The 2008 Le Mans 24 Hours
Over 250,000 spectators witnessed a spell-binding, race-long battle between Peugeot and Audi at this year’s Le Mans 24 Hours. In what must have been the most consistently close-contested battle ever, where the leaders were never separated by more than lap for the entire race, the wily experience of the Joest-run Audi team beat the faster outright pace of Peugeot.
Both manufacturers fielded three-car teams packed with ex-Grand Prix drivers and past Le Mans winners. The fact that the two front-running manufacturers were diesel-powered would have made the headlines a couple of years ago - in 2008 it was taken as normal. How times have changed.
As ever chasing la gloire for France, the coupé Peugeots had set the pace in qualifying and it was clear that on speed alone Audi would be in trouble. However, when you consider the German company’s outstanding record (winning from 2000 to 2007 with just one glitch in 2003, when Bentley was supreme), you realise that Le Mans is all about reliability, team tactics and consistency - not necessarily lap times.
I spent some time during the race at the entry to the Dunlop Bridge chicane. It was only a few hours after the start, and the weather was dry and sunny. The speed that the French cars could carry through that series of bends was astonishing. Like all diesel race cars they are quiet, emitting a droning waffle rather than a high-revving shriek. Observers at the Porsche Curves or Indianapolis said the same: “low-flying aircraft”, “guided missiles” were typical comments.
The Peugeots quickly set the pace and were lapping some eight seconds faster than the Audis but, thanks to some clever rule-making by the organisers and inherent differences in engineering, were forced to pit earlier than their German rivals – a significant factor over 24 hours.
Further down the field, the Aston Martin-powered Lola LMP1 prototype made an impressive debut, finishing 9th overall despite having lost much time in the pits with body damage after an early, quite serious, accident. On Sunday the car appeared to run like clockwork - maybe a portent for 2009?
Come early Sunday morning, rain hit the circuit. The Peugeots were now compromised due to their strictly dry-weather suspension set-up, while Audi had gambled on a damp track at some point and had adjusted the springs and dampers accordingly. Just fitting the appropriate tyres is only one part of the equation – a very stiff car will not drive as well in the wet.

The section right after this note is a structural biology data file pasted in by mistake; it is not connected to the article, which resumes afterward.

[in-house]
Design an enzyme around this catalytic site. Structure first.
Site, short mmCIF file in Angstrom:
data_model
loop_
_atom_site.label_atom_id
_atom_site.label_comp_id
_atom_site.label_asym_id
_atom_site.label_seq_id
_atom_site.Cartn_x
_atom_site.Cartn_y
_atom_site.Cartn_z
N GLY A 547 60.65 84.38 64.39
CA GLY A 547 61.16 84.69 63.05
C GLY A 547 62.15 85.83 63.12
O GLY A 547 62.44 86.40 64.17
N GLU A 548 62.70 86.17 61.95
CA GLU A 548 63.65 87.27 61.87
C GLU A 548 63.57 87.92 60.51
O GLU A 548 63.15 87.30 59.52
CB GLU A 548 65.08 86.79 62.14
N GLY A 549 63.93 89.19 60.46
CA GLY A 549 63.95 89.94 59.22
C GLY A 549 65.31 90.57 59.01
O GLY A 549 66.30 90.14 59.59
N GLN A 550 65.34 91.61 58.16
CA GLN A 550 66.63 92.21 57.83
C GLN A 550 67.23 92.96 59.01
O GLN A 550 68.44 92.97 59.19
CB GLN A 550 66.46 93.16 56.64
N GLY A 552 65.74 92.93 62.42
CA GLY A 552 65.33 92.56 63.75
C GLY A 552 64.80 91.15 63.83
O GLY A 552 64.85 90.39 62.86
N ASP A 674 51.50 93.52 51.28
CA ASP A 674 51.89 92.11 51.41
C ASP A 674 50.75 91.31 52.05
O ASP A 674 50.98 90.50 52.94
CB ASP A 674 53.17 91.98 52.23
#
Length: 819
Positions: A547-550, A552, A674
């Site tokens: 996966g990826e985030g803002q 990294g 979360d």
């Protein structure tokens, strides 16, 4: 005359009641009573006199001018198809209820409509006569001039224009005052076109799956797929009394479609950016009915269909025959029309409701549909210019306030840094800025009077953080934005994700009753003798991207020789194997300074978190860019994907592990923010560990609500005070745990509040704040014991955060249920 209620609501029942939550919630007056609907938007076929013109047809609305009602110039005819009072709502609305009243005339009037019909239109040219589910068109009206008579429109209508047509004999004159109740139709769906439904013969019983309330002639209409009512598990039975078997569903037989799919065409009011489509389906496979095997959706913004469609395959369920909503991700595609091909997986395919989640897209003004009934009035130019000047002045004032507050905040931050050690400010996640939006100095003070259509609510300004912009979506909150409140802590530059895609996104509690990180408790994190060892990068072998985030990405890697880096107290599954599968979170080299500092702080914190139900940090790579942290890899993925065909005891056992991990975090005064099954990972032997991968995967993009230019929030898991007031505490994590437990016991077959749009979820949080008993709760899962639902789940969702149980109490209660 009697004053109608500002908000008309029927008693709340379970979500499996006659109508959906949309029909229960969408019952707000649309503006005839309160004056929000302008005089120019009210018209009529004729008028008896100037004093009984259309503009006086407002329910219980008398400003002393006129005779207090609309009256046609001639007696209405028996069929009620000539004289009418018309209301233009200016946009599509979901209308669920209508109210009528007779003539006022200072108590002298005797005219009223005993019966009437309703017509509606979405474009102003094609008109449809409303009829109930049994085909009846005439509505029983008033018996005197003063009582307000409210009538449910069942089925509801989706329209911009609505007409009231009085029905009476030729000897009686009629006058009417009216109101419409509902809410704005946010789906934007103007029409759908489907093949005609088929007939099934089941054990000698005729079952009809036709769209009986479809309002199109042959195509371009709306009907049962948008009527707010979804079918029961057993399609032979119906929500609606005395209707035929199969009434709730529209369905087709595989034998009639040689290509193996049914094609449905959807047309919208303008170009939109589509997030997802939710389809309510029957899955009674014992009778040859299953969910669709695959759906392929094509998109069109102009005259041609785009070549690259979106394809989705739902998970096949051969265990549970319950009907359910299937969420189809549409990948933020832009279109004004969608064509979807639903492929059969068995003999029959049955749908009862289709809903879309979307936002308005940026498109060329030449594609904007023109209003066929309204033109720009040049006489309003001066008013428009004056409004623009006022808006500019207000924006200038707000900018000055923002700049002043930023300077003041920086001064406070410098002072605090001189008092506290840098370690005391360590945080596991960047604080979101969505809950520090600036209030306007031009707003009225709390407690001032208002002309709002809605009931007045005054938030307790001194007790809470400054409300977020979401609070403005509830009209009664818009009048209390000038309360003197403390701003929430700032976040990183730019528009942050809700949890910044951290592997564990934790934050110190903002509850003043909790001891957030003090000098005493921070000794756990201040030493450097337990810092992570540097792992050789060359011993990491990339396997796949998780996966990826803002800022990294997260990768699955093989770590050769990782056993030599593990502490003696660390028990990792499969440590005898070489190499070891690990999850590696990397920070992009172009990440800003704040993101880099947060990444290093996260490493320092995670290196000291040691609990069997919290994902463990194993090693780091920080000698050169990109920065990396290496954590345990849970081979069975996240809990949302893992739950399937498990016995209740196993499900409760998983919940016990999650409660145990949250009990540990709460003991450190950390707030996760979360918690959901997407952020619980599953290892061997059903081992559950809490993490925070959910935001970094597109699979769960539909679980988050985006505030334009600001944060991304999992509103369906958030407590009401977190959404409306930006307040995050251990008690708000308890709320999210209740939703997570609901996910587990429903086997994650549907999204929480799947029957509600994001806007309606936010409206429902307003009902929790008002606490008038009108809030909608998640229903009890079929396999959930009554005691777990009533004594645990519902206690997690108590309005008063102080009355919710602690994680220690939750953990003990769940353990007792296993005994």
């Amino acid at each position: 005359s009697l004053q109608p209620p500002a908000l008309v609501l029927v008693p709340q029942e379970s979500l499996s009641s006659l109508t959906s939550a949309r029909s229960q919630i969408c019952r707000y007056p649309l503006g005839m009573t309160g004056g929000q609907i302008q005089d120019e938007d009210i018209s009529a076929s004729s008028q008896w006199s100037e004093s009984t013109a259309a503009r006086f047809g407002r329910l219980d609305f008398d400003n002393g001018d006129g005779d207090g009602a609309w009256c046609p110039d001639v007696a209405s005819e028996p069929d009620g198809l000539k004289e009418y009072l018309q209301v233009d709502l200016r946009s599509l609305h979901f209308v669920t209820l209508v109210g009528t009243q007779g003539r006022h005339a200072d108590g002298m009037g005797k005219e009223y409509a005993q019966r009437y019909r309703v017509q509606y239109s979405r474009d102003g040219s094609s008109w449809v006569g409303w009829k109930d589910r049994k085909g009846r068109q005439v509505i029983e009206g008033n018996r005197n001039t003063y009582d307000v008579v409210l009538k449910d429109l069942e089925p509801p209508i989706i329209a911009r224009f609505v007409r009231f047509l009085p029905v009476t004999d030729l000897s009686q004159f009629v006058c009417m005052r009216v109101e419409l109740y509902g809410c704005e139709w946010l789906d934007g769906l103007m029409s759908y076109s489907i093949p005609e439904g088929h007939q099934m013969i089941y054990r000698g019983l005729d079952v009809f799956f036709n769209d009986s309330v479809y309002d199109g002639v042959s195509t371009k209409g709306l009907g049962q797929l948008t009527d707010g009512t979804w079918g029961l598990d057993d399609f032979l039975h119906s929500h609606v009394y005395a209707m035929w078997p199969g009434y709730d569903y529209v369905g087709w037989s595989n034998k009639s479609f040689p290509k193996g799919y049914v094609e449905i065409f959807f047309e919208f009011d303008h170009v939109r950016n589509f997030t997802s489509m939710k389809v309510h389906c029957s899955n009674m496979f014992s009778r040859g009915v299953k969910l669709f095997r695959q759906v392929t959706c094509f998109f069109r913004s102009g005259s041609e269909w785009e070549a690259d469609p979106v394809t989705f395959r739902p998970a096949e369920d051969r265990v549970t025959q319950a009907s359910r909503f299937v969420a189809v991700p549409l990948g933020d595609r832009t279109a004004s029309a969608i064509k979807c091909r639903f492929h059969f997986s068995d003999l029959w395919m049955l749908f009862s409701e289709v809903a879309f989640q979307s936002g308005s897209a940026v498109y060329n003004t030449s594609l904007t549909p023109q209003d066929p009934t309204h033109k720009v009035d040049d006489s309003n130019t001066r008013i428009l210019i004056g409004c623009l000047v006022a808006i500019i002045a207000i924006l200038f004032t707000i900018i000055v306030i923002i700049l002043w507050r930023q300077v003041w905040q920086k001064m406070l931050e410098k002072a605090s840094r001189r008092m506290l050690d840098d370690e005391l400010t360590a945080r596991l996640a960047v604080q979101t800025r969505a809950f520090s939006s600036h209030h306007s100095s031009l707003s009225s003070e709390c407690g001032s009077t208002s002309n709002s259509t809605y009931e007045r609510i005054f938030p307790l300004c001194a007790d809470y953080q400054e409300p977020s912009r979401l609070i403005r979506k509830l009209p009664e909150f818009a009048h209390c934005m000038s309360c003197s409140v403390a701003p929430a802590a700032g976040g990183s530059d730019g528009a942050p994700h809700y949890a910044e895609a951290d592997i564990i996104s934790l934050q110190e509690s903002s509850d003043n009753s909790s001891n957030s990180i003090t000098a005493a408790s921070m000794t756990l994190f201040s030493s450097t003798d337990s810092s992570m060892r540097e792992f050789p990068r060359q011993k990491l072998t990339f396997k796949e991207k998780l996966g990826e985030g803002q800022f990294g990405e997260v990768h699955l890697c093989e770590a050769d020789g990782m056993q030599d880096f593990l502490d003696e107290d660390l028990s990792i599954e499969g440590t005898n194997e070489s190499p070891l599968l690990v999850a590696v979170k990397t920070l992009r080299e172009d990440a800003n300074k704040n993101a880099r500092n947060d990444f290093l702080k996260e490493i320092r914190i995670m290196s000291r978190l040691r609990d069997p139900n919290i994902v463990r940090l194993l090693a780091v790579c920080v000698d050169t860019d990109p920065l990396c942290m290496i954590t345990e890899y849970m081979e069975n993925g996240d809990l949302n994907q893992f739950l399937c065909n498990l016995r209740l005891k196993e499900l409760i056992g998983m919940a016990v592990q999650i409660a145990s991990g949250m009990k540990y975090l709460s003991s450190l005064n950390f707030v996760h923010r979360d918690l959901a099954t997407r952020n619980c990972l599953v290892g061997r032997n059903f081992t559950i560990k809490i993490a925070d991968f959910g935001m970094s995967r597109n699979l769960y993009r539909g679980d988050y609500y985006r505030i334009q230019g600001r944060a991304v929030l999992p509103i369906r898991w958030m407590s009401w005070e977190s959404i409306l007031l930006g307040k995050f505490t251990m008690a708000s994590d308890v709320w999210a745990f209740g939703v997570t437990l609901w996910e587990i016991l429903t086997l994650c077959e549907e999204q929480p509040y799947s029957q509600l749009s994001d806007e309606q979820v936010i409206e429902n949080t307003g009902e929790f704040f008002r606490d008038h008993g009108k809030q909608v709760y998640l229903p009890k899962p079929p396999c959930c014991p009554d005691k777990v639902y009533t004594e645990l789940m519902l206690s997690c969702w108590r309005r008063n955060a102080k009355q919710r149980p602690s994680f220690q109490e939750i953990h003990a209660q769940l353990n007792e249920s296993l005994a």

Eventual winners Capello, Kristensen and McNish made best use of their car’s better handling during this period, Kristensen in particular putting in devastating laps around dawn to pull a gap on the Peugeots; all suffering from overheating and poorer wet-weather handling.
The winning margin was just 4 minutes 31 seconds. That was less than one lap, an incredibly close finish after 24 hours. The top three were covered by two laps, Audi and Peugeot taking the leading six positions.
In the other classes, Porsche totally dominated LMP2, while Aston Martin won another close-fought encounter with arch-rival Corvette, repeating its 2007 GT1 class win.
Ferrari saw off the much-fancied Porsche challenge in GT2, with Salo/Melo/Bruni in the Risi Competizione F430 GTC finishing an impressive 19th overall.
Audi has now completed two hat-tricks at Le Mans, and won three times in a row with a diesel. You had to feel sorry for the French company for fielding such a dominating car yet losing by such a small margin. Winner Kristensen sums it up:
“Thanks to Audi! They trust in us. They prepared us a race car which we could race and really push hard through 24 hours to win against great opposition from Peugeot.”
1 Capello/McNish/Kristensen Audi Sport North America Audi R10 381 Laps
2 Gene/Minassian/Villeneuve Team Peugeot Total Peugeot 908 + 4:31.094
3 Montagny/Zonta/Klien Peugeot Sport Total Peugeot 908 + 2 Laps
4 Luhr/Premat/Rockenfeller Audi Sport Team Joest Audi R10 + 7 Laps
5 Lamy/Sarrazin/Wurz Team Peugeot Total Peugeot 908 + 13 Laps
6 Biela/ Pirro/Werner Audi Sport North America Audi R10 + 14 Laps
Don’t forget the famous ‘Circuit de la Sarthe’ will be reverberating to racing engines once more in just a few weeks' time, when the track will host the 2008 Le Mans Classic from 11 - 13 July. For further details, visit www.lemansclassic.com.
Text - Steve Wakefield
Photos - Audi/ACO Nikon/Porsche/Aston Martin Racing/Ferrari
With grateful thanks to P&O Ferries.
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